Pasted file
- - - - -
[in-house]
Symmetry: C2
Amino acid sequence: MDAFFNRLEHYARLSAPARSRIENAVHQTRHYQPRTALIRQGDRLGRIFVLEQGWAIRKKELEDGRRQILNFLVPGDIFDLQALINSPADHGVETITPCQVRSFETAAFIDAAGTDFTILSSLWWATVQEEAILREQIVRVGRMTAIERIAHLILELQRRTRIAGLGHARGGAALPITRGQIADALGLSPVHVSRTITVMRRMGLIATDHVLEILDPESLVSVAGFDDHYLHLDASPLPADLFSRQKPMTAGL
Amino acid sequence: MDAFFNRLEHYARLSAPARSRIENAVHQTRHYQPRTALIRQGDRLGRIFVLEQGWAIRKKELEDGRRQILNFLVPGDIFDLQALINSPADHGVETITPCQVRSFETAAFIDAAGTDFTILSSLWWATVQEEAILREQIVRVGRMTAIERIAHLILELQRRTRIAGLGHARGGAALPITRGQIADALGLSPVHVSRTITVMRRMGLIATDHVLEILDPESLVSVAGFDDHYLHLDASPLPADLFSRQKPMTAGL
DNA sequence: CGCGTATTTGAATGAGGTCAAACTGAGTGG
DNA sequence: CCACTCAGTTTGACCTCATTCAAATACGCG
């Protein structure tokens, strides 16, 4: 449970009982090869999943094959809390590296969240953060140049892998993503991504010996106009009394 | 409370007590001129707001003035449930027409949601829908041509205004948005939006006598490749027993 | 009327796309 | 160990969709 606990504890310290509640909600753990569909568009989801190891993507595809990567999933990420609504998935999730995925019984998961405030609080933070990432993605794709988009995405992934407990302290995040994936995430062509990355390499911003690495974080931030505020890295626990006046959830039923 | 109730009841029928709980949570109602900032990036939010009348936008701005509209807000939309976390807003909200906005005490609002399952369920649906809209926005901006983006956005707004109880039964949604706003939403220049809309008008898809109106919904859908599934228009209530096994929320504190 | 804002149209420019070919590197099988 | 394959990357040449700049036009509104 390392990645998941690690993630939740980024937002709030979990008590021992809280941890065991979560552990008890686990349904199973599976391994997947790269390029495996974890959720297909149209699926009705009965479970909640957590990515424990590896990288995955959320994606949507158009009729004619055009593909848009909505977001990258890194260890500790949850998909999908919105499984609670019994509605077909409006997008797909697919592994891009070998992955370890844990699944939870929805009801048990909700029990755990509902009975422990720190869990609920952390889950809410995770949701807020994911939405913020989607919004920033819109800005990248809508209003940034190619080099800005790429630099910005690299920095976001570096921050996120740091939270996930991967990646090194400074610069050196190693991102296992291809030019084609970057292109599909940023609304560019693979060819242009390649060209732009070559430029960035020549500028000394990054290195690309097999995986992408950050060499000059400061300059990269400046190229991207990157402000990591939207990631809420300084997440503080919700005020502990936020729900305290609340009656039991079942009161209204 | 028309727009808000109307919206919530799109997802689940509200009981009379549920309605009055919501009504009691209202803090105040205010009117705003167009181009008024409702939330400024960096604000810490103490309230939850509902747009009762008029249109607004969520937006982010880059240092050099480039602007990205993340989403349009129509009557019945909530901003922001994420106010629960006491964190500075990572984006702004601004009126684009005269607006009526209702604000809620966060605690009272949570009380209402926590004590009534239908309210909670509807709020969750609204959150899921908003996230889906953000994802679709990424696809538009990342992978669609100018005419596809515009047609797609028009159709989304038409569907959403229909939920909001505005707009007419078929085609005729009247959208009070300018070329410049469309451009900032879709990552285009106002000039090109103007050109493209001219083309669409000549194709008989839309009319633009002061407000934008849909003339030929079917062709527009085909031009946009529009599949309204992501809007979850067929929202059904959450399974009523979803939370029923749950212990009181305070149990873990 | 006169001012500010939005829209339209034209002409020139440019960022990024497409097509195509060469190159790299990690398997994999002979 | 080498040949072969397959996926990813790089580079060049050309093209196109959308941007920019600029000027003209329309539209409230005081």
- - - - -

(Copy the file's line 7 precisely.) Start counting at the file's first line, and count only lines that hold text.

């Protein structure tokens, strides 16, 4: 449970009982090869999943094959809390590296969240953060140049892998993503991504010996106009009394 | 409370007590001129707001003035449930027409949601829908041509205004948005939006006598490749027993 | 009327796309 | 160990969709 606990504890310290509640909600753990569909568009989801190891993507595809990567999933990420609504998935999730995925019984998961405030609080933070990432993605794709988009995405992934407990302290995040994936995430062509990355390499911003690495974080931030505020890295626990006046959830039923 | 109730009841029928709980949570109602900032990036939010009348936008701005509209807000939309976390807003909200906005005490609002399952369920649906809209926005901006983006956005707004109880039964949604706003939403220049809309008008898809109106919904859908599934228009209530096994929320504190 | 804002149209420019070919590197099988 | 394959990357040449700049036009509104 390392990645998941690690993630939740980024937002709030979990008590021992809280941890065991979560552990008890686990349904199973599976391994997947790269390029495996974890959720297909149209699926009705009965479970909640957590990515424990590896990288995955959320994606949507158009009729004619055009593909848009909505977001990258890194260890500790949850998909999908919105499984609670019994509605077909409006997008797909697919592994891009070998992955370890844990699944939870929805009801048990909700029990755990509902009975422990720190869990609920952390889950809410995770949701807020994911939405913020989607919004920033819109800005990248809508209003940034190619080099800005790429630099910005690299920095976001570096921050996120740091939270996930991967990646090194400074610069050196190693991102296992291809030019084609970057292109599909940023609304560019693979060819242009390649060209732009070559430029960035020549500028000394990054290195690309097999995986992408950050060499000059400061300059990269400046190229991207990157402000990591939207990631809420300084997440503080919700005020502990936020729900305290609340009656039991079942009161209204 | 028309727009808000109307919206919530799109997802689940509200009981009379549920309605009055919501009504009691209202803090105040205010009117705003167009181009008024409702939330400024960096604000810490103490309230939850509902747009009762008029249109607004969520937006982010880059240092050099480039602007990205993340989403349009129509009557019945909530901003922001994420106010629960006491964190500075990572984006702004601004009126684009005269607006009526209702604000809620966060605690009272949570009380209402926590004590009534239908309210909670509807709020969750609204959150899921908003996230889906953000994802679709990424696809538009990342992978669609100018005419596809515009047609797609028009159709989304038409569907959403229909939920909001505005707009007419078929085609005729009247959208009070300018070329410049469309451009900032879709990552285009106002000039090109103007050109493209001219083309669409000549194709008989839309009319633009002061407000934008849909003339030929079917062709527009085909031009946009529009599949309204992501809007979850067929929202059904959450399974009523979803939370029923749950212990009181305070149990873990 | 006169001012500010939005829209339209034209002409020139440019960022990024497409097509195509060469190159790299990690398997994999002979 | 080498040949072969397959996926990813790089580079060049050309093209196109959308941007920019600029000027003209329309539209409230005081």